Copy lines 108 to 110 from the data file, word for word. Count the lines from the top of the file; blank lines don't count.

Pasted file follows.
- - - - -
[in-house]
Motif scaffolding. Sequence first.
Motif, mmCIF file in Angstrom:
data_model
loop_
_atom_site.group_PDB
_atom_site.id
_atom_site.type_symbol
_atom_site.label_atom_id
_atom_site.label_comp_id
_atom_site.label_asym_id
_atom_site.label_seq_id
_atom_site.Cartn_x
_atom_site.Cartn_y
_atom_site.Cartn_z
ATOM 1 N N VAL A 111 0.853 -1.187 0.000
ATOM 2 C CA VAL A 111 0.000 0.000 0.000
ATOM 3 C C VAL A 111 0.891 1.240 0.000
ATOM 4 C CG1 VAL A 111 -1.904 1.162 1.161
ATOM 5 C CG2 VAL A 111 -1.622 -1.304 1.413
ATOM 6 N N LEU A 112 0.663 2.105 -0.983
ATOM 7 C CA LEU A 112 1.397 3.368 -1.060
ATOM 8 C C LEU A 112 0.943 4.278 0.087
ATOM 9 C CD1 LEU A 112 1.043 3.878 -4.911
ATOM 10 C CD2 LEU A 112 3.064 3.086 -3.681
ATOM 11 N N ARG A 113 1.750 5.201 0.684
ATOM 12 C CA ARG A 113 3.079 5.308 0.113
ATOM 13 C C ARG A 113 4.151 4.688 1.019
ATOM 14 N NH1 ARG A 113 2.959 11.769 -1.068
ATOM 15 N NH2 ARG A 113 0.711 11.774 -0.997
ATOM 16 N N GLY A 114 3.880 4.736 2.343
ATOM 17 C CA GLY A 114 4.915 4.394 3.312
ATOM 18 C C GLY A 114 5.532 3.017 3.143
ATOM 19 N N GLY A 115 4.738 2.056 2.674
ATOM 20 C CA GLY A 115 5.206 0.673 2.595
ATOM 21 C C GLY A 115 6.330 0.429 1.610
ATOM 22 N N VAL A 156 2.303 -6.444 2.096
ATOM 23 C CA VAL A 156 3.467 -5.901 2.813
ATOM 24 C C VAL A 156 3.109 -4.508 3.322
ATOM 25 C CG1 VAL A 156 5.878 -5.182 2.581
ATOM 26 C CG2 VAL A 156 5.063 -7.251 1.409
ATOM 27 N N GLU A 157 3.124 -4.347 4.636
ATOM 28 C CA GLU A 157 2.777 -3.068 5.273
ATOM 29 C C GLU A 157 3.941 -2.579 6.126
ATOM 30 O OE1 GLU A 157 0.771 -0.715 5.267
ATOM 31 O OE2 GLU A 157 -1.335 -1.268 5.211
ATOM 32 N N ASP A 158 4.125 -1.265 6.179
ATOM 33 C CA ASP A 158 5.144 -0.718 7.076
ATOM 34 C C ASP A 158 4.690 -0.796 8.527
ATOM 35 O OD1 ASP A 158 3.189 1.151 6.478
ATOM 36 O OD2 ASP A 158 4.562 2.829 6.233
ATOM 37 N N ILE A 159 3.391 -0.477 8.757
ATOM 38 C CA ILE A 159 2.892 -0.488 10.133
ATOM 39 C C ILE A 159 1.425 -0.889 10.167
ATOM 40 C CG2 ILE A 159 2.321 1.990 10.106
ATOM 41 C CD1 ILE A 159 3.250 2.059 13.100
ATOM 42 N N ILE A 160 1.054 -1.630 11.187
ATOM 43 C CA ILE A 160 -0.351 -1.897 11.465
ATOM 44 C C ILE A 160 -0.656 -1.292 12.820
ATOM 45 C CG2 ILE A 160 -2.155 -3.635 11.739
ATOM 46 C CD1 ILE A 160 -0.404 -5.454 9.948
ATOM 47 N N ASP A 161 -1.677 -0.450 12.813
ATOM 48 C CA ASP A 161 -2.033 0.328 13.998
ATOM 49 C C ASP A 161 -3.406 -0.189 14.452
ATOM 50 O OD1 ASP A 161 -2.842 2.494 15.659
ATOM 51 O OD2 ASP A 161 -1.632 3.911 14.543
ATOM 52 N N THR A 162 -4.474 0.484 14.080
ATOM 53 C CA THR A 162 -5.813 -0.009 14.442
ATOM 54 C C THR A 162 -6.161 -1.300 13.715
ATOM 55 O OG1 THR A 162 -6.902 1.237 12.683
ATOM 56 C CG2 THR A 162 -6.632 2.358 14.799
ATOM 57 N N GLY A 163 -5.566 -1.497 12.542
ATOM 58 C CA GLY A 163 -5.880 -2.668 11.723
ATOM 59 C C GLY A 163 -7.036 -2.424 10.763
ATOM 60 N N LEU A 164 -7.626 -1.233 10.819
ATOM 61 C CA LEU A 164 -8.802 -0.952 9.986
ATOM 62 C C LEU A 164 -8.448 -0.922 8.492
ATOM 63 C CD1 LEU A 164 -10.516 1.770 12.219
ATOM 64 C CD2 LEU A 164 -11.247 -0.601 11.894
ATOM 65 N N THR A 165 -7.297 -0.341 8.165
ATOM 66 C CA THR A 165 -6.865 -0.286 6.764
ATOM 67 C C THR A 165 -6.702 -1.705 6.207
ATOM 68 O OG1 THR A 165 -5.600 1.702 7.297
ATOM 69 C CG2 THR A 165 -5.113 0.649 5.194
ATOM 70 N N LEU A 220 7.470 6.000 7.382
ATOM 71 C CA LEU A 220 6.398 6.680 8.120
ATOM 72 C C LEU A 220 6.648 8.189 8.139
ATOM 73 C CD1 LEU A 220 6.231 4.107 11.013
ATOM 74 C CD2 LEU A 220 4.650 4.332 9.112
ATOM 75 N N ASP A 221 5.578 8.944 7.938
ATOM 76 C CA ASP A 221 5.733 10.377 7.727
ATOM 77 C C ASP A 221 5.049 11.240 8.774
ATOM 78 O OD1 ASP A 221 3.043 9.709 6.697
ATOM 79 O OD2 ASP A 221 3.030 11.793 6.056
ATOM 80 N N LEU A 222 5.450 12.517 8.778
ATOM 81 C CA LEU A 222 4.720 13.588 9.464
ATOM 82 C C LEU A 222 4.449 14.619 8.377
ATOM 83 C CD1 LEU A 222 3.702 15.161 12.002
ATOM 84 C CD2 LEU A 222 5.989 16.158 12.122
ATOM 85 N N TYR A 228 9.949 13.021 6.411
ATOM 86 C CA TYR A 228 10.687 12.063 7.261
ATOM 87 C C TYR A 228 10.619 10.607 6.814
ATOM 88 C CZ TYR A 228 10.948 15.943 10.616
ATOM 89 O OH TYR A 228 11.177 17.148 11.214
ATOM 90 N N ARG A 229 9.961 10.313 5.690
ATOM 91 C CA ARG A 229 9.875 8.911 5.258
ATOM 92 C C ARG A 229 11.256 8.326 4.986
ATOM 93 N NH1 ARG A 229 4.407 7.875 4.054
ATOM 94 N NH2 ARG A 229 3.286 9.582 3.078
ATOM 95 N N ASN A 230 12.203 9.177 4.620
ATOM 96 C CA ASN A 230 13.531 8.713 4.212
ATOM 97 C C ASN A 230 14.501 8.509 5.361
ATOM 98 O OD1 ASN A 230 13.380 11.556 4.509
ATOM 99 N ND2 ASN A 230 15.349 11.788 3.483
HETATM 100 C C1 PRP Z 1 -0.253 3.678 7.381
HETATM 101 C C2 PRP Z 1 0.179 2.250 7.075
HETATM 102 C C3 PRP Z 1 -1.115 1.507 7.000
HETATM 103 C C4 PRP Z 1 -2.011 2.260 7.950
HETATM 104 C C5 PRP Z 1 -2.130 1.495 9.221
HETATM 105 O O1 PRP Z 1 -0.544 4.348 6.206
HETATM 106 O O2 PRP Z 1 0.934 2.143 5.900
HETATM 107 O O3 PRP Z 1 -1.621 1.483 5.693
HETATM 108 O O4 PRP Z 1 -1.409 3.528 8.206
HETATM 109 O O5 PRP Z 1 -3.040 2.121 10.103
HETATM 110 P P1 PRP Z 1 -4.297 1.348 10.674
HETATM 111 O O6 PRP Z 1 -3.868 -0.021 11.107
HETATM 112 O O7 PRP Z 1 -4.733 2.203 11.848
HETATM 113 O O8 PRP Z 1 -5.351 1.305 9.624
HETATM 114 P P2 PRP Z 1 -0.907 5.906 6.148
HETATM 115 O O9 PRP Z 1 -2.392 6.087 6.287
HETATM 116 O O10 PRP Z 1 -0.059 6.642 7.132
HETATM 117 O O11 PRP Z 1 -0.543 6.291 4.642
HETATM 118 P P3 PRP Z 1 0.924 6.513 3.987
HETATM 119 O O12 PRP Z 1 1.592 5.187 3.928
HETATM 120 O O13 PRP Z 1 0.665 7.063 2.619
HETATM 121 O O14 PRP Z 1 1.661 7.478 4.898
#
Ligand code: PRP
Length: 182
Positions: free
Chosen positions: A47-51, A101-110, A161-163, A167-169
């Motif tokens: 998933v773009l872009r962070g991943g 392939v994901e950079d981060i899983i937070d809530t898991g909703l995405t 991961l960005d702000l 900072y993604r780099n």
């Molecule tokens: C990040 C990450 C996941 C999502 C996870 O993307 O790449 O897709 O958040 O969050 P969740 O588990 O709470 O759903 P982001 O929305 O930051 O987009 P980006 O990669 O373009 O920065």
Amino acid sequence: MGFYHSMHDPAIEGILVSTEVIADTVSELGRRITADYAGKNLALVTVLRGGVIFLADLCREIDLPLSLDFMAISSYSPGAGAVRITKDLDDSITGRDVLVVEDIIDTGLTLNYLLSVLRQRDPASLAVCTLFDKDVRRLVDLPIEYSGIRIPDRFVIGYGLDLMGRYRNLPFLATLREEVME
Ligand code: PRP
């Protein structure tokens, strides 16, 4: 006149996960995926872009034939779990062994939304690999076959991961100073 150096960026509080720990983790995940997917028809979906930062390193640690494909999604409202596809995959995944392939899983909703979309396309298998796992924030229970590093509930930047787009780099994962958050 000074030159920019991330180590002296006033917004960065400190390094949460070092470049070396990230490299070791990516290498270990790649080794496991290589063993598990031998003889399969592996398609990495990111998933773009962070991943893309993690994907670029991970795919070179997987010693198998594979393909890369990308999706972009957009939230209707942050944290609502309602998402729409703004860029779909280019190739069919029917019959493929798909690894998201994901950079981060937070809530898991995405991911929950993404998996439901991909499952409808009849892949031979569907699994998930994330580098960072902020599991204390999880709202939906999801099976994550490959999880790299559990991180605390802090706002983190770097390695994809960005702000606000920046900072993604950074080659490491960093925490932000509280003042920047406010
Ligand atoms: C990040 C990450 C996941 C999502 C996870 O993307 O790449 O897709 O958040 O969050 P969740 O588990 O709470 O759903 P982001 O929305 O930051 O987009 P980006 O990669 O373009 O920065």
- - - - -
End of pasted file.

ATOM 93 N NH1 ARG A 229 4.407 7.875 4.054
ATOM 94 N NH2 ARG A 229 3.286 9.582 3.078
ATOM 95 N N ASN A 230 12.203 9.177 4.620